Alumnus Owes his Life to the University

5 min read  |  May 21, 2024  | 

Chris Cunningham graduated in 1997, met his wife on campus and recently came back to receive treatment at Sylvester Comprehensive Cancer Center for his rare cancer.

About three years ago, Chris Cunningham ’97 bought a brick on the Love Bridge near the wellness center on campus. It was a Valentine’s Day surprise for his wife of 26 years, whom he met as an undergraduate in 1994. She was a nursing student. He was an English major. The brick is a public remembrance that will stand the test of time.

Brick on the Love Bridge at the University of Miami

“That’s going to be there forever because that’s where we met — that’s where we fell in love, and here I am, just a few yards away from there, getting life-saving measures to treat my cancer,” says Cunningham. “You know, the University of Miami is a really special place.”

Cunningham sees meaning in his UM experiences — they all dovetail thematically from his education to marriage and current treatment.

On the insistence of his wife, Cunningham went for an initial check with his eye doctor for a lump near his eyelid, which was sore. His wife noticed it when they were sitting at the dining room table.

“I didn’t think much of it,” recalls Cunningham.

He received some antibiotics and a possible diagnosis of sinusitis, but things didn’t get better. He saw an ENT, who ordered an MRI, and then an ophthalmologist sent him for a CT exam.

There was a mass.

The Biopsy

After waiting for several weeks, not knowing what it was, Cunningham had a surgical biopsy that removed 50% of the mass for testing. However, there was difficulty in identifying what it was. They eliminated more than 50 cancers and still could not find a match. His surgeon says it’s probably anomalous — nothing to worry about.

“And my wife, again — God bless her — suggested that I see an oncologist to make sure I get a second opinion, and that’s when we made an appointment with Dr. Ney Alves, who is affiliated with Sylvester.”

Second Opinion

Ney Ricardo Ferraz Alves, M.D., a hematology oncologist at Sylvester, part of UHealth – the University of Miami Health System, quickly identified Cunningham’s mass as a rare type of lymphoma. Cunningham had mucosal-associated lymphoid tissue (MALT) of the left orbit. 

“It’s the type of lymphoma that grows outside lymph nodes and can grow in different organs, like the eyes, stomach, nervous system—different places, which makes it harder to diagnose,” says Dr. Alves.

Once Dr. Alves’ diagnosis came, Derek Isrow, M.D., Ph.D., a Sylvester radiation oncologist, helped devise a plan that “energized” Cunningham. The guidance gave him confidence. Dr. Isrow noted that although MALT cancers are uncommon, they are seen frequently at Sylvester because of its association with Bascom Palmer Eye Institute. 

“When patients come to my clinic with a diagnosis of cancer, they are typically very nervous, especially after hearing they will need radiation therapy, which sounds frightening. I always start by saying that feeling worried is extremely normal, and I make sure the entire process is explained in an easy-to-understand way while providing information about possible side effects and how we will manage them,” says Dr. Isrow. “I answer all the patient’s questions thoroughly and they typically leave feeling way more comfortable and prepared.”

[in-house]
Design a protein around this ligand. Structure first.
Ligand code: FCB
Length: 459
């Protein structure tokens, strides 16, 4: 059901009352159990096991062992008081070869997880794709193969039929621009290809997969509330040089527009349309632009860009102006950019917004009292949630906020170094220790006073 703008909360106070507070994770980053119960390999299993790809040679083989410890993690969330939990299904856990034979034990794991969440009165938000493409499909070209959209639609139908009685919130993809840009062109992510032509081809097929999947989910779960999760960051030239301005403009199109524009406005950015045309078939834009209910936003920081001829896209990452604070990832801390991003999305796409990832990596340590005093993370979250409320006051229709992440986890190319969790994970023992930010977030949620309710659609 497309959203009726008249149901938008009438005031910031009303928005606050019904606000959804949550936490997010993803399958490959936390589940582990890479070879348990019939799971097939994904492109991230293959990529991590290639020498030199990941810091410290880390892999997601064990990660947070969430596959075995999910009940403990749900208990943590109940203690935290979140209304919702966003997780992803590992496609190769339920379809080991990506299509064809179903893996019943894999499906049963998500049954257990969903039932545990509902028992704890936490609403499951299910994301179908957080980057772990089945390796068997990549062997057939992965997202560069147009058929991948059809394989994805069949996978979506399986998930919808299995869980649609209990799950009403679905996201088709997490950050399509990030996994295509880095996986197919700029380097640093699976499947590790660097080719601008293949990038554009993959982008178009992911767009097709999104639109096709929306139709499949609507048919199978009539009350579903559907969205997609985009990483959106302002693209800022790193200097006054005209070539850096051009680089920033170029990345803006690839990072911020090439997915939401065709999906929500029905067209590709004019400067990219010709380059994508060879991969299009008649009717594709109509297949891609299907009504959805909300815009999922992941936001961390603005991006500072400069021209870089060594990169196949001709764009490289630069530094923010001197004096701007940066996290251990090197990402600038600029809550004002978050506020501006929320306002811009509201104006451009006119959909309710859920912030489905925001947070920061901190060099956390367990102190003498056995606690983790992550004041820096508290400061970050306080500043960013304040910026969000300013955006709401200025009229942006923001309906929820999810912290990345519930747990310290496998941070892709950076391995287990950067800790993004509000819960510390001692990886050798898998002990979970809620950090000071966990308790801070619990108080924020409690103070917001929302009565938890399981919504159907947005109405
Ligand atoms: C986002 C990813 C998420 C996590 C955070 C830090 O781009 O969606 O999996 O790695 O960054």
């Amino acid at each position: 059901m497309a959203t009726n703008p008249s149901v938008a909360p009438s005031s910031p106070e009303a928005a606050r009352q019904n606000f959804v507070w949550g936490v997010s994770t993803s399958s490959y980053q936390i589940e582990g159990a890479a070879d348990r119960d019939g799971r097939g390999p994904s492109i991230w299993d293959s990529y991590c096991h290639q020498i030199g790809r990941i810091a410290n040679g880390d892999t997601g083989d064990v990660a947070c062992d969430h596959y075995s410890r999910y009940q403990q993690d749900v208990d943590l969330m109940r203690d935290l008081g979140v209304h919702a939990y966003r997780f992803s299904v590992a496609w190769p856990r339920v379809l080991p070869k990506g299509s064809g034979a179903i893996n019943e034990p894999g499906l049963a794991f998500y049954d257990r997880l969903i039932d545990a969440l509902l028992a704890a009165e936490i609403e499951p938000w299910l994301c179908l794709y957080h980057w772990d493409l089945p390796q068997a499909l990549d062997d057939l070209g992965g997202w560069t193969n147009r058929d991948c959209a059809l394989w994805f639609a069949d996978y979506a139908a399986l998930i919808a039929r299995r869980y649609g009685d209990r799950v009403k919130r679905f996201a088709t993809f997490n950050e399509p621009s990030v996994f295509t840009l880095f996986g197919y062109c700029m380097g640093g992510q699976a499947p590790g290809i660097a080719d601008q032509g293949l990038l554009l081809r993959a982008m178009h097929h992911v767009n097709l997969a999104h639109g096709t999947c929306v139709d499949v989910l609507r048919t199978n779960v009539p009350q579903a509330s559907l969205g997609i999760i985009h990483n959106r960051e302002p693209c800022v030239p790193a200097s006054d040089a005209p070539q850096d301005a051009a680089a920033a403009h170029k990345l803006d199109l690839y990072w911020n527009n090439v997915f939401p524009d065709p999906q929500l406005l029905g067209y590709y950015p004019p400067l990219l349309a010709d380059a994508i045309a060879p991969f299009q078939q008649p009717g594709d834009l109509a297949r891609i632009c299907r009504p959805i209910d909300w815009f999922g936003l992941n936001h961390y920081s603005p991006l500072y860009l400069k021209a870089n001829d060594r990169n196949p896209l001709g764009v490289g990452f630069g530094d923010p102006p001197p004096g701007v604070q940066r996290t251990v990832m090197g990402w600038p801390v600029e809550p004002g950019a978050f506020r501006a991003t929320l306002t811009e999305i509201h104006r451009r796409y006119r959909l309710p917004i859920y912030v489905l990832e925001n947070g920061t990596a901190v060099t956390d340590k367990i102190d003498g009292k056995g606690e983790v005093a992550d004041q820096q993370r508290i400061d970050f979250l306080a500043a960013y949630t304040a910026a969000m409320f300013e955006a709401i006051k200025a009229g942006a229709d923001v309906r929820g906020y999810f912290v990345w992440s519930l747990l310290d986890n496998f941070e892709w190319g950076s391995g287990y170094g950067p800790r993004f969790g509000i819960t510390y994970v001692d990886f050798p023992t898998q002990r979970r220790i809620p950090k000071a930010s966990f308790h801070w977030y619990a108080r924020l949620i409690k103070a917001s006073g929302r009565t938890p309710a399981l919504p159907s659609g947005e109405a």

Radiation treatments took place five days a week for three weeks for Cunningham. Treatments began just after Thanksgiving and his last radiation treatment was just before the holidays. While the treatments “knocked” him over with fatigue, his family attended to him so he could rest and recover.

According to Dr. Isrow, radiation therapy can have numerous side effects depending on the location treated. Fatigue is a common side effect, but every patient experiences this to different degrees.

“I always recommend healthy meals, drinking plenty of water, a bit of light exercise and going to bed early during treatment, and this seems to really help alleviate any tiredness,” Dr. Isrow says.

“I’m feeling good. As close to 100% as you can wish,” Cunningham affirms. The worst part was not knowing what it was and the wait. “Dr. Alves and Dr. Isrow have been marvelous in terms of just being very compassionate, very understanding. They have terrific bedside manners and are very kind.”

New Year, New Health

Cunningham praises his wife and remarked that her path fits nicely within his ’Cane identity. Had it not been for her early UM nursing education and track, she may not have known to recommend the lump check and second opinion.

As a father of three, last year’s holidays were tremendously more significant, and Cunningham feels blessed. The treatment didn’t affect his sight. He has an excellent prognosis with a 95% cure rate, and he made it through because of the support from his family and Sylvester.

He is in awe of UM’s impact on all areas of his life and looks forward to good health for the rest of 2024.

“I’m a ’Cane through and through,” he says. “UM has given me so much, you know, in terms of the wonderful things that I have in my life: my education, my wife, my maturity. And now here they are saving my life.”

Monica Smith is the executive director of content for Sylvester Comprehensive Cancer Center.

Tags: cancer care in Miami, Dr. Derek Isrow, Dr. Ney Alves, patient stories, Sylvester Comprehensive Cancer Center

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